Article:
Donald Trump has ramped up his battle against Ted Cruz, one of his closest competitors in the Republican presidential nomination race. Previously, the two candidates had what many were calling a “bromance.”
For some time, it appeared as though Donald Trump and Ted Cruz had somewhat of an alliance. Neither candidate really attacked the other, which has been a rare occurrence in this election cycle. Now, that alliance has, without question, come to an end.
In a recent interview with ABC News‘ George Stephanopoulos, Trump called the freshman Senator from Texas as “nasty guy” and said that no one likes him.
“Look, the truth is, he’s a nasty guy. He was so nice to me. I mean, I knew it. I was watching. I kept saying, ‘Come on Ted. Let’s go, okay.’ But he’s a nasty guy. Nobody likes him. Nobody in Congress likes him. Nobody likes him anywhere once they get to know him. He’s a very –- he’s got an edge that’s not good. You can’t make deals with people like that and it’s not a good thing. It’s not a good thing for the country. Very nasty guy.”
According to the polls, the idea that “nobody” likes Ted Cruz is obviously not true. Cruz is in a distant second place in most national polls, and in Iowa the two are in a much closer race. The RCP national average for Trump is 34.5 percent while Cruz is at 19.3 percent.
As previously reported by the Inquisitr, Trump and Cruz are in a head-to-head battle in the important state of Iowa. Most of the recent polls have shown that Sen. Cruz has a slight lead over Trump in Iowa, which is significant for the Cruz campaign.
It’s worth noting that the polls showing Cruz’s slight advantage in Iowa were taken before the latest GOP debate. By nearly every commentators measure, Trump won the last GOP debate and most also agree that Marco Rubio had a strong night as well.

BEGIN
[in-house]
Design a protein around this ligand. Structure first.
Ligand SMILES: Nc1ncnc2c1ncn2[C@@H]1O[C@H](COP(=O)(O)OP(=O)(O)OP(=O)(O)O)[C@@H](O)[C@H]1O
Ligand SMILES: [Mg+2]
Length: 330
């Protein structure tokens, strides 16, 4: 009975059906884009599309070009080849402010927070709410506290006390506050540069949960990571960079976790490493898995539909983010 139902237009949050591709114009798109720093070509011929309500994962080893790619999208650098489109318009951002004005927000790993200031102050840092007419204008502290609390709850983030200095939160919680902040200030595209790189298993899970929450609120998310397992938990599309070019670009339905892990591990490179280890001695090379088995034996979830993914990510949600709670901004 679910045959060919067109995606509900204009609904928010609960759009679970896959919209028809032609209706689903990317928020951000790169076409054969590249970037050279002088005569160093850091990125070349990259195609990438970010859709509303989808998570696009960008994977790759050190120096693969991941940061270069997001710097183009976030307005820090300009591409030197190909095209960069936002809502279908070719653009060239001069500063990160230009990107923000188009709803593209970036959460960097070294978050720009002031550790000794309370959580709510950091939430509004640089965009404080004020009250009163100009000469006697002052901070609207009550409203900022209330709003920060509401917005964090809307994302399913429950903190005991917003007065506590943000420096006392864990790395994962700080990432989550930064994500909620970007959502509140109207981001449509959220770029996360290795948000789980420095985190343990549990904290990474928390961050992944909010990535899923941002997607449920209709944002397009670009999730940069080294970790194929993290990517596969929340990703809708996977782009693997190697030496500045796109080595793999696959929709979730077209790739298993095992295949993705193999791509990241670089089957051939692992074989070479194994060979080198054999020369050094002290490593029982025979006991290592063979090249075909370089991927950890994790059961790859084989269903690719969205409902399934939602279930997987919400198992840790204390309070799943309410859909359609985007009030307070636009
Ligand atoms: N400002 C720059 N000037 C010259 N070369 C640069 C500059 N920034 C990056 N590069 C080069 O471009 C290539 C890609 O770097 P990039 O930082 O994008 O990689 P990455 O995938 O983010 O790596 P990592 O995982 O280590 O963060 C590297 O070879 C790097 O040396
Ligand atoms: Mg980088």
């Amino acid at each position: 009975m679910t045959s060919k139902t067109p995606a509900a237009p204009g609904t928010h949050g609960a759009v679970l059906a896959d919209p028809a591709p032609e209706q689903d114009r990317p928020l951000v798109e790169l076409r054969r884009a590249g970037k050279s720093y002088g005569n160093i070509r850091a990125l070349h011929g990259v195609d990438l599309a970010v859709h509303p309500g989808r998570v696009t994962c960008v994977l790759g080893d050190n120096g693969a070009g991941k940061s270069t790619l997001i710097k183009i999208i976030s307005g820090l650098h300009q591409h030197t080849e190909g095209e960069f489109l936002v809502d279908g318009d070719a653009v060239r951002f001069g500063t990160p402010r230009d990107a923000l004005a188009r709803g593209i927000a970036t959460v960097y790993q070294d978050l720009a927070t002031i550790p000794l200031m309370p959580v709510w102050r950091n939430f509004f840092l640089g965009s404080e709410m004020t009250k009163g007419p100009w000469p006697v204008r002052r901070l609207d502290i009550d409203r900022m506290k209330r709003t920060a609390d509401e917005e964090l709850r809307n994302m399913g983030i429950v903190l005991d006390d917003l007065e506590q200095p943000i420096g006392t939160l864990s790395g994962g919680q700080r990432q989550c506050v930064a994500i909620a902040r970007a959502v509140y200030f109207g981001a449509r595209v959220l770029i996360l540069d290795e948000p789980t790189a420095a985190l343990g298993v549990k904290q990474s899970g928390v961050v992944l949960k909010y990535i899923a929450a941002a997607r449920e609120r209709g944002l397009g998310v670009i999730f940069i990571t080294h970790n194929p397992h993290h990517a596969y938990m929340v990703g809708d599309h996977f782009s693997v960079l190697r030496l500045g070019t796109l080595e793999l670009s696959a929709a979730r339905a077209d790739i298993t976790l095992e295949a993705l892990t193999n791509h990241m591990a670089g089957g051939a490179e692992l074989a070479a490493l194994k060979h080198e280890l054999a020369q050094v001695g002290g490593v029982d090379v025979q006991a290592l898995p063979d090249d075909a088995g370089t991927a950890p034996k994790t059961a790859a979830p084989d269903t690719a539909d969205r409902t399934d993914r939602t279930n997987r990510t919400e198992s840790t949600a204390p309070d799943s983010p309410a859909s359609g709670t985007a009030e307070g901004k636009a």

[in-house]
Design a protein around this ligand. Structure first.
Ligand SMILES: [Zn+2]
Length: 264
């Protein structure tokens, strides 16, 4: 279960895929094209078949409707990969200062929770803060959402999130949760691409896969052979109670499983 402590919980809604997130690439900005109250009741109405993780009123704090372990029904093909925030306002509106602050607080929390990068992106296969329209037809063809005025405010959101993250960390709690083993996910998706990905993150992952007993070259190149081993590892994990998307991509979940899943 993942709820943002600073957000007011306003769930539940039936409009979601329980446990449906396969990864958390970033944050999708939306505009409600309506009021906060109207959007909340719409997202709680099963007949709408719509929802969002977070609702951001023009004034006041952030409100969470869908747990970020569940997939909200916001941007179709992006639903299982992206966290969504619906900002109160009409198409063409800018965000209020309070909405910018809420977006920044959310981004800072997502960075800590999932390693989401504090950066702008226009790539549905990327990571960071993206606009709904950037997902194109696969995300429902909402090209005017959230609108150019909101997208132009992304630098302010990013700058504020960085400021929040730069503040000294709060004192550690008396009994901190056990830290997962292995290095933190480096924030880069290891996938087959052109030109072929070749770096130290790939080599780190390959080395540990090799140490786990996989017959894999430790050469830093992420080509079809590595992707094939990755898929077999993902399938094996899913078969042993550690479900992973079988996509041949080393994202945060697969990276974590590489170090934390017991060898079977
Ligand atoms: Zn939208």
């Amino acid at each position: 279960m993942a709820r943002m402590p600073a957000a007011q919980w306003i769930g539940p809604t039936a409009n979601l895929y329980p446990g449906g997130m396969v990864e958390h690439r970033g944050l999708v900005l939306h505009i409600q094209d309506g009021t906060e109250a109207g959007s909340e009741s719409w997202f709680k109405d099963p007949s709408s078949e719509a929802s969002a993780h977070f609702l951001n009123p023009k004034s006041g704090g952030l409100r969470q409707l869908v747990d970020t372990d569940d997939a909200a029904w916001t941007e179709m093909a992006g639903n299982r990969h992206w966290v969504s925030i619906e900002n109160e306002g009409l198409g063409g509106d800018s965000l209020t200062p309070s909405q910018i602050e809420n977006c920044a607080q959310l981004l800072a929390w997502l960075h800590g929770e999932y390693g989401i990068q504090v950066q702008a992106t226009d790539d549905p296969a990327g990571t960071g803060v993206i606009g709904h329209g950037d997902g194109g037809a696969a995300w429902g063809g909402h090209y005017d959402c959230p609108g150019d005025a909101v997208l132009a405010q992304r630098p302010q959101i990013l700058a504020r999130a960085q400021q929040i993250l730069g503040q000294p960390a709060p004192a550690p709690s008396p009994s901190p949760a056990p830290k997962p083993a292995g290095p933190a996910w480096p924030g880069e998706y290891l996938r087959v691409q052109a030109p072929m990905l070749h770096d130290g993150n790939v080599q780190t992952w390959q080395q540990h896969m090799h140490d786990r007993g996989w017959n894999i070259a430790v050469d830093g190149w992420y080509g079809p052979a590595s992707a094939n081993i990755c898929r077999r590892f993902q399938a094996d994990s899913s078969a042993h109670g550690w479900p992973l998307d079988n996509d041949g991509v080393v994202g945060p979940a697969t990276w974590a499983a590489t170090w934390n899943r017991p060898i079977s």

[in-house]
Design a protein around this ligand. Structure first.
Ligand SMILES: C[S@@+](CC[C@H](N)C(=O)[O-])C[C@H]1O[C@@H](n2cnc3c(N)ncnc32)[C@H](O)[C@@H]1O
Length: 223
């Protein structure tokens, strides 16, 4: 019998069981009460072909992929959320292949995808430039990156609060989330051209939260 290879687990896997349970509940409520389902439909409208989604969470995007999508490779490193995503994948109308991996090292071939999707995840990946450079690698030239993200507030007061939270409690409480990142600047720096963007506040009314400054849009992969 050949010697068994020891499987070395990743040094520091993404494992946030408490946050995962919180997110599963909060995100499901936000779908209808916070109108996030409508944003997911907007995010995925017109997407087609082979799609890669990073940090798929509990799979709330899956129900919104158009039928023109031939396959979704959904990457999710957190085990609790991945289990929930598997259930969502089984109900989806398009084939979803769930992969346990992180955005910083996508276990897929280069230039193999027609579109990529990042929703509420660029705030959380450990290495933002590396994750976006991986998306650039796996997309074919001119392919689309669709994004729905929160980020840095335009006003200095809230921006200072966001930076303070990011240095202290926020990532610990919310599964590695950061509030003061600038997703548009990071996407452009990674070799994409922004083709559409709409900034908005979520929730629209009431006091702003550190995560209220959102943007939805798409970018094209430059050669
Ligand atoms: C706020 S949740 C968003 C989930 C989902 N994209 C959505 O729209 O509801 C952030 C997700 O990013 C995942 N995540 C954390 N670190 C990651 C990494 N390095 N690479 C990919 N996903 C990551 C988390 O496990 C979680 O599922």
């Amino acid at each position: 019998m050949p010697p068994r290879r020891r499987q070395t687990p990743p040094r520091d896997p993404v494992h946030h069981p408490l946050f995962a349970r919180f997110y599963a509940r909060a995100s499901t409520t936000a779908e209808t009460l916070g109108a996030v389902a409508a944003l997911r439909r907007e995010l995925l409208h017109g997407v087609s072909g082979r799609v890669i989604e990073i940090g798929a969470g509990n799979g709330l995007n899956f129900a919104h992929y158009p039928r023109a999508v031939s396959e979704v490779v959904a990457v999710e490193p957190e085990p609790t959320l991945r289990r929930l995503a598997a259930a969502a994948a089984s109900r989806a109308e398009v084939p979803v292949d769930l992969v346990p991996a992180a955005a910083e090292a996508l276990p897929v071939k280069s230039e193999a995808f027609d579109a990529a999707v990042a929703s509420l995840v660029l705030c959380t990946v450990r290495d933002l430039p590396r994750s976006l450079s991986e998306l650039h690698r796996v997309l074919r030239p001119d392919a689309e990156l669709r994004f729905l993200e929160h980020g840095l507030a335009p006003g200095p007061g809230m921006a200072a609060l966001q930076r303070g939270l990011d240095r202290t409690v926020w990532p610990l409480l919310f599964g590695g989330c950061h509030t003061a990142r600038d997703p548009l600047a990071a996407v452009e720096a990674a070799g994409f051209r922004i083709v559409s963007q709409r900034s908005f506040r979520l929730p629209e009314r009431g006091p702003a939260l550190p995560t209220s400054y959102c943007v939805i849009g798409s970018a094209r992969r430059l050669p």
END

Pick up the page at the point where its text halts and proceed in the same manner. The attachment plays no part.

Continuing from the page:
One candidate that didn’t have the greatest night at the debate was Cruz, who made derogatory comments about New Yorkers and “New York values.” Trump (who was born in Queens), shot back at Cruz over his comments and clearly bested Cruz.
It will be interesting to see if the “New York values” moment in the debate will negatively affect Cruz’s poll numbers or not. Many political commentators agrees that Cruz’s comments about New Yorkers were offensive and that Trump’s response was well executed.
On Friday, Ted Cruz offered an apology to New Yorkers, but not for the comments that he made. Instead of apologizing for what many would call offensive comments, Cruze apologized for the “liberal politicians” that have let down millions of New Yorkers.
“I apologize to the millions of New Yorkers who have been let down by the liberal politicians in that state.”
During his recent ABC News interview, Trump also took some time to criticize Cruz for taking out a loan during his 2012 Senate campaign that he failed to disclose.
“He’s a total hypocrite. How about his fundraising and how about when he does his personal financial disclosure form, and he doesn’t put on that he’s borrowing money from Goldman Sachs? And then today it comes out that he’s also borrowing money from CitiBank and he doesn’t list it.”
Trump has also been publicly skeptical of Cruz’s eligibility to become president. Since Cruz was born in Canada, Trump has pointed out that if Cruz were to become the Republican nominee, he may face legal troubles that could harm the GOP.
[Photo by Rainier Ehrhardt / AP]